Interessanter Bericht auf dem “familyfoodtrip.blog” über das Heilige Tal der Inkas.
In Peru Nähe Cusco. Mit vielen interessanten Fotos.
Darunter noch Bilder und etwas zur Geschichte des Valle Sagrado de los Inkas.
Kurzlink dieses Artikels: https://wp.me/p1psm9-8yt
Geschichte des heiligen Tales der Inkas:
The early Incas lived in the Cuzco area. By conquest or diplomacy, during the period 1000 to 1400 CE, the Inca achieved administrative control over the various ethnic groups living in or near the Sacred Valley.
The attraction of the Sacred Valley to the Inca, in addition to its proximity to Cuzco, was probably that it was lower in elevation and therefore warmer than any other nearby area. The lower elevation permitted maize to be grown in the Sacred Valley. Maize was a prestige crop for the Incas, especially to make chicha, a fermented maize drink the Incas and their subjects consumed in large quantities at their many ceremonial feasts and religious festivals.
Chicha has had a long historical significance. In times of warfare, the Incas would take the decapitated skull of their enemies and turn it into a drinking vessel for Chicha. This ceremonial process of drinking Chicha from the head of a foe symbolized the successful transformation from the disorder of warfare to the order of the Incan Empire.
Large scale maize production in the Sacred Valley was apparently facilitated by varieties bred in nearby Moray, either a governmental crop laboratory or a seedling nursery of the Incas.
The Inca customarily divided conquered lands into three more-or-less equal parts. One part was for the emperor (the Sapa Inca), one part for the religious establishment, and one part for the communities of farmers themselves. In the 1400s, the Sacred Valley became an area of royal estates and country homes. Once a royal estate was created by an emperor it continued to be owned by descendants of the emperor after his death. The estate of the emperor Yawar Waqaq (c. 1380) was located at Paullu and Lamay (a few kilometers downstream from Pisac); Huchuy Qosqo, the estate of the emperor Viracocha Inca (c. 1410–1438), overlooks the Sacred Valley; the estate of Pachacuti (1438–1471) was at Pisac; and the sparse ruins of Quispiguanca. the estate of the emperor Huayna Capac (1493–1527), are in the town of Urubamba. Most archaeologists believe that Machu Picchu was built as an estate for Pachacuti.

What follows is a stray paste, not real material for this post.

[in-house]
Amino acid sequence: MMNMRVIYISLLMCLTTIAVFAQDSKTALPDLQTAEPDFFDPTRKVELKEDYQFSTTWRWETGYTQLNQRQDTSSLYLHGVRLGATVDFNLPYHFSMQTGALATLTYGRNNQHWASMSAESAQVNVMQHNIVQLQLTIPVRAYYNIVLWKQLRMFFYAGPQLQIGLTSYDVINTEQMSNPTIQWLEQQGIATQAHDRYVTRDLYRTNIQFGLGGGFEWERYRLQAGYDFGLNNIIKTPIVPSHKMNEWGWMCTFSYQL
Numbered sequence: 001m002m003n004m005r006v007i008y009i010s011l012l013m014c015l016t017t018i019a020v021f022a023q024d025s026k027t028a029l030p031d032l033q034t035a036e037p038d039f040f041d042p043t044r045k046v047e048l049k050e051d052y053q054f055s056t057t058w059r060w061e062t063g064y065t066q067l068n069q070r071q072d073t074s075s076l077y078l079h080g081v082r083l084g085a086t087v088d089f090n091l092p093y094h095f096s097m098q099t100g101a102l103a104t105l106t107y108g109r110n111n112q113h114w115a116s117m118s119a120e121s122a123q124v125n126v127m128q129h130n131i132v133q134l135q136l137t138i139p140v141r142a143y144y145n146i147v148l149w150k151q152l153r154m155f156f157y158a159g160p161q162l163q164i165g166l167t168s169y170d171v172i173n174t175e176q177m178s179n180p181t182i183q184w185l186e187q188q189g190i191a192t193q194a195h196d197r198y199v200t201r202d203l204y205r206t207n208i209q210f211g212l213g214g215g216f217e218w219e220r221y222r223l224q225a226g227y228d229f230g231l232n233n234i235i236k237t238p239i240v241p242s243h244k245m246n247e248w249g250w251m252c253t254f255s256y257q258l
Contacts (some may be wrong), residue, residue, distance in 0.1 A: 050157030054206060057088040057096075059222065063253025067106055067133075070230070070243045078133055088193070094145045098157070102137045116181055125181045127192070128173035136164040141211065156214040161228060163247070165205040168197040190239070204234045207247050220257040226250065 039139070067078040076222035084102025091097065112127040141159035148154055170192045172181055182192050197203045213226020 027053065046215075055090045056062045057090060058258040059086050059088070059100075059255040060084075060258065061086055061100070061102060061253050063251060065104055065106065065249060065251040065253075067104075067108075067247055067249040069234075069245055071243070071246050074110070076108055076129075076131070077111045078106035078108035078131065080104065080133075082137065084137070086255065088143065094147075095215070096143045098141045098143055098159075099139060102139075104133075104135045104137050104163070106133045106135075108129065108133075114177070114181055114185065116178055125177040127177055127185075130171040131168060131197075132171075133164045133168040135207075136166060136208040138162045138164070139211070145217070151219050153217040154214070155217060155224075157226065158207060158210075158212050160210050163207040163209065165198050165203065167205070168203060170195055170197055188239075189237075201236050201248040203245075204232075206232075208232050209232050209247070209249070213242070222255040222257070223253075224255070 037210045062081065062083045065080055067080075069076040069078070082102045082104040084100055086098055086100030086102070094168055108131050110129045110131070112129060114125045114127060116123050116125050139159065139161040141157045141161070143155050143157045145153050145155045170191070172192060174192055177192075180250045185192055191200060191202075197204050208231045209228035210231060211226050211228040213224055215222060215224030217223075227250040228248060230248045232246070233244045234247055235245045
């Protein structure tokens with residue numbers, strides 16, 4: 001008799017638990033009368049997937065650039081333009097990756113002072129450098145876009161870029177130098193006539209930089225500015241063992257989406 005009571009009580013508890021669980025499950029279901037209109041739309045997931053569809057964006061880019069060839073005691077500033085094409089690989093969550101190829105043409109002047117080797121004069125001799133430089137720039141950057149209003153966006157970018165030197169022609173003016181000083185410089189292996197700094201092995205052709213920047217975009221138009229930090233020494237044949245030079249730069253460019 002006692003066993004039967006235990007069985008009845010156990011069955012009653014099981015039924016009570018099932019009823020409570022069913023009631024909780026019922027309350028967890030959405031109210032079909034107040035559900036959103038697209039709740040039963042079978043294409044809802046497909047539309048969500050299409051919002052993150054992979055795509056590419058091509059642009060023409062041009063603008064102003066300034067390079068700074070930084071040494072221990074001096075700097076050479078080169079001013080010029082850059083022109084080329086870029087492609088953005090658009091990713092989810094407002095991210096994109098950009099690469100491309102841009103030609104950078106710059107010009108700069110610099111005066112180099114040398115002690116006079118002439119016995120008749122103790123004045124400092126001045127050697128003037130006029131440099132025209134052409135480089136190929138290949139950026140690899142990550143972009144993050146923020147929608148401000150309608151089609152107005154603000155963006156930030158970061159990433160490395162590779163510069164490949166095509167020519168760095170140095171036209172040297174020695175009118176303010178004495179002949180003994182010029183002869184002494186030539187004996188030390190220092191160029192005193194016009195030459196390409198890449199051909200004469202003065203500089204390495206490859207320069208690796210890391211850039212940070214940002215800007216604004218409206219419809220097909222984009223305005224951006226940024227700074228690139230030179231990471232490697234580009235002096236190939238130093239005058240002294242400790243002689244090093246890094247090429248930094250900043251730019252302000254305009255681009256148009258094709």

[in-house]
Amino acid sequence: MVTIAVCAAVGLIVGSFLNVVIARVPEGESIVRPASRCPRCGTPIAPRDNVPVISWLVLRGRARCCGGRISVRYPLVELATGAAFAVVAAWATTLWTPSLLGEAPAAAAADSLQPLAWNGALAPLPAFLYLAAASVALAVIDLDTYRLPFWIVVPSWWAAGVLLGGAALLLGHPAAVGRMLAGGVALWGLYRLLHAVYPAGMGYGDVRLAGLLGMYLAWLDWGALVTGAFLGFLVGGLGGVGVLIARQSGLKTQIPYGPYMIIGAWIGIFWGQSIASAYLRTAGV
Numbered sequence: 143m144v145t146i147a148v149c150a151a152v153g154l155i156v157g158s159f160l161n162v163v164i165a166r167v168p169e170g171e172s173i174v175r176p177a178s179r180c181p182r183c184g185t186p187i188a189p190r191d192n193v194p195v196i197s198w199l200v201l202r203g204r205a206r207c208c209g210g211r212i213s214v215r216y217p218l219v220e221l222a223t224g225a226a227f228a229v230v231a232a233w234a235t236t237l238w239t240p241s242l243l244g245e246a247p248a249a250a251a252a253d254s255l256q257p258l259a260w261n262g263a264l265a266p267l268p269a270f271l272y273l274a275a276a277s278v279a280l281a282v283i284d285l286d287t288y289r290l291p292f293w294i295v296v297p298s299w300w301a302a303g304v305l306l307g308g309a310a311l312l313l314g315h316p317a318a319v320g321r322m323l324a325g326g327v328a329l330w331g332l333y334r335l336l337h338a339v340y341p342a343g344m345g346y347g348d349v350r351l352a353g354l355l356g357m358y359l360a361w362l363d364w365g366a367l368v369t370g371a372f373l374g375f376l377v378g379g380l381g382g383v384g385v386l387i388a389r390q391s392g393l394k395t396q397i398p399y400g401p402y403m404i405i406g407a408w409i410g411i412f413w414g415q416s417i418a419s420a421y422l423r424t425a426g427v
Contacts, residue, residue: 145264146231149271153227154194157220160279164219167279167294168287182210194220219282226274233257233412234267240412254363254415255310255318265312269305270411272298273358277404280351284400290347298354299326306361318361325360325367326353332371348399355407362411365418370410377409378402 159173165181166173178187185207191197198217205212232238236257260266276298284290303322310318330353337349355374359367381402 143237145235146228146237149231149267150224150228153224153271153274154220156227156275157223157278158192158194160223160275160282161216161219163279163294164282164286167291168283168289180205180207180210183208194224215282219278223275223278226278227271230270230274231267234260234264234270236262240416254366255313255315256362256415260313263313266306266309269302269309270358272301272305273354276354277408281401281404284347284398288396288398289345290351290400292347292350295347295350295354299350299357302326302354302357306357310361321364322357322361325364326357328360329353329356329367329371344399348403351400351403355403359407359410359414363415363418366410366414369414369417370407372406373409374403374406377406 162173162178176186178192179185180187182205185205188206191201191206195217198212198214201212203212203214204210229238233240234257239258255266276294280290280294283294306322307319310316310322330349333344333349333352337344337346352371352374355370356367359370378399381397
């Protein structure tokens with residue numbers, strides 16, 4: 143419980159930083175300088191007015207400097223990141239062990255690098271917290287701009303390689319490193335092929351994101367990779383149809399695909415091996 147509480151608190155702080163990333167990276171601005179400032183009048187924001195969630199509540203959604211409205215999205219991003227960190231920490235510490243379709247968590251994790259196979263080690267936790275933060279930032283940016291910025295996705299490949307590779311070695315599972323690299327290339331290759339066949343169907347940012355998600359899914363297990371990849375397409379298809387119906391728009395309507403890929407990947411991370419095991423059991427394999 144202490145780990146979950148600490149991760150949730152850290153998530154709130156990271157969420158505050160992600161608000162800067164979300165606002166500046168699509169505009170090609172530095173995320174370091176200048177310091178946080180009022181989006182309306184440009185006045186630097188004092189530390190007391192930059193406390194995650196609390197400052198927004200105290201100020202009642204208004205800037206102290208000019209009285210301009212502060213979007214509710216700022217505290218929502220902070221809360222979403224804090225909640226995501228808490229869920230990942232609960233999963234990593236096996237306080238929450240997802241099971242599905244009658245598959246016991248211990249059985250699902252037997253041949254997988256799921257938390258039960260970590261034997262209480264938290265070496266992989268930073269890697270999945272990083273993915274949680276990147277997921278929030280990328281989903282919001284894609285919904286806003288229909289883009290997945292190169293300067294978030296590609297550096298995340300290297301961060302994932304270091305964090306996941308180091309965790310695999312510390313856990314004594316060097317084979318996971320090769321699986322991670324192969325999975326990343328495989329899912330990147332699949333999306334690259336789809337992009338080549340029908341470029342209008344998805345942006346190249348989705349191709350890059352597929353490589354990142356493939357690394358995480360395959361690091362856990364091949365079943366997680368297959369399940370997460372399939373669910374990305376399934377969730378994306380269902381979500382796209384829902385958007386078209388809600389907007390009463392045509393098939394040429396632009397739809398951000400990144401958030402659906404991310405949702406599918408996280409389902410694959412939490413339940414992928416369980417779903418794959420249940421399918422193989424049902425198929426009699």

Agricultural terraces, called andenes, were built up hillsides flanking the valley floor and are today the most visible and widespread signs of the Inca civilization in the Sacred Valley.
In 1537, the Inca Emperor Manco Inca Yupanqui fought and won the Battle of Ollantaytambo against a Spanish army headed by Hernando Pizarro. Nevertheless, Manco soon withdrew from the Sacred Valley and the area came under the control of the Spanish colonialists.
Oral histories in the Quechua language suggest that the ancient Inca married Pachamama (Mother Earth) and produced human offspring. The Incas are renowned for their precision in stone masonry. Architecture was a means of bringing order to untamed areas and people of the Andes region. Machu Picchu, located in the Sacred Valley, is an example of the Incas adapting building strategies that acknowledge the topography of the area. While other Pre-Columbian cultures constructed man-made mountains, the Incas emphasized the natural forms of the topography around them. The Sacred Rock, located in the Sacred Valley, is an example of stone that draws attention to the horizon of the mountain range.
Weitere Quellen und Hinweise über die Geschichte des Valle Sagrado (Heiliges Tal der Inkas)
- (7) Alan Covey, R (2003). “A processual study of Inka state formation”. Journal of Anthropological Archaeology. 22 (4): 333–57. doi:10.1016/S0278-4165(03)00030-8.
- (8) Bauer and Covey, p. 846
- (9) D’Altroy, p. 189
- (10) Dean, Carolyn (2007). “The Inka Married the Earth: Integrated Outcrops and the Making of Place”. The Art Bulletin. 89 (3): 502–18. doi:10.1080/00043079.2007.10786358. ISSN 0004-3079. JSTOR 25067338.
- (11) Earls, John (nd), “The Character of Inca and Andean Agriculture,” pp. 18–19. http://macareo.pucp.edu.pe/~jearls/documentosPDF/theCharacter.PDF
- (12) Plachetka, Uwe Christian; Pietsch, Stephan A. (2009). “El centro vaviloviano en el Perú: un conjunto socio-ecológico frente a riesgos extremos” [The center Vavilov year in Peru: a socio-ecological set against extreme risks] (PDF). Tikpa Pachapaq (in Spanish). 1 (1): 9–16.
- (13) McEwan, pp. 87–88
- (14) Covey, R. Alan (2009), How the Incas built their Heartland, Ann Arbor: University of Michigan Press, p. 217; Niles, Susan A. (1999), The Shape of Inca History, Iowas City: University of Iowa Press, pp. 133–53. Project Muse.
- (15) Rowe, John (1990). “Machu Picchu a la luz de documentos de siglo XVI”. Historia, 16 (1), pp. 139–54
- (16) Guillet, David and others (1987), “Terracing and Irrigation in the Peruvian Highlands,” Current Anthropology, Vol. 28, No. 4, pp. 409–10. Downloaded from JSTOR.
- (17) Hemming, John (1970). The Conquest of the Incas, New York: Harcourt Brace Jovanovich, pp. 213–32.
(18) Dean, Carolyn (2007). “The Inka Married the Earth: Integrated Outcrops and the Making of Place”. The Art Bulletin. 89 (3): 502–18. doi:10.1080/00043079.2007.10786358. ISSN 0004-3079. JSTOR 25067338.
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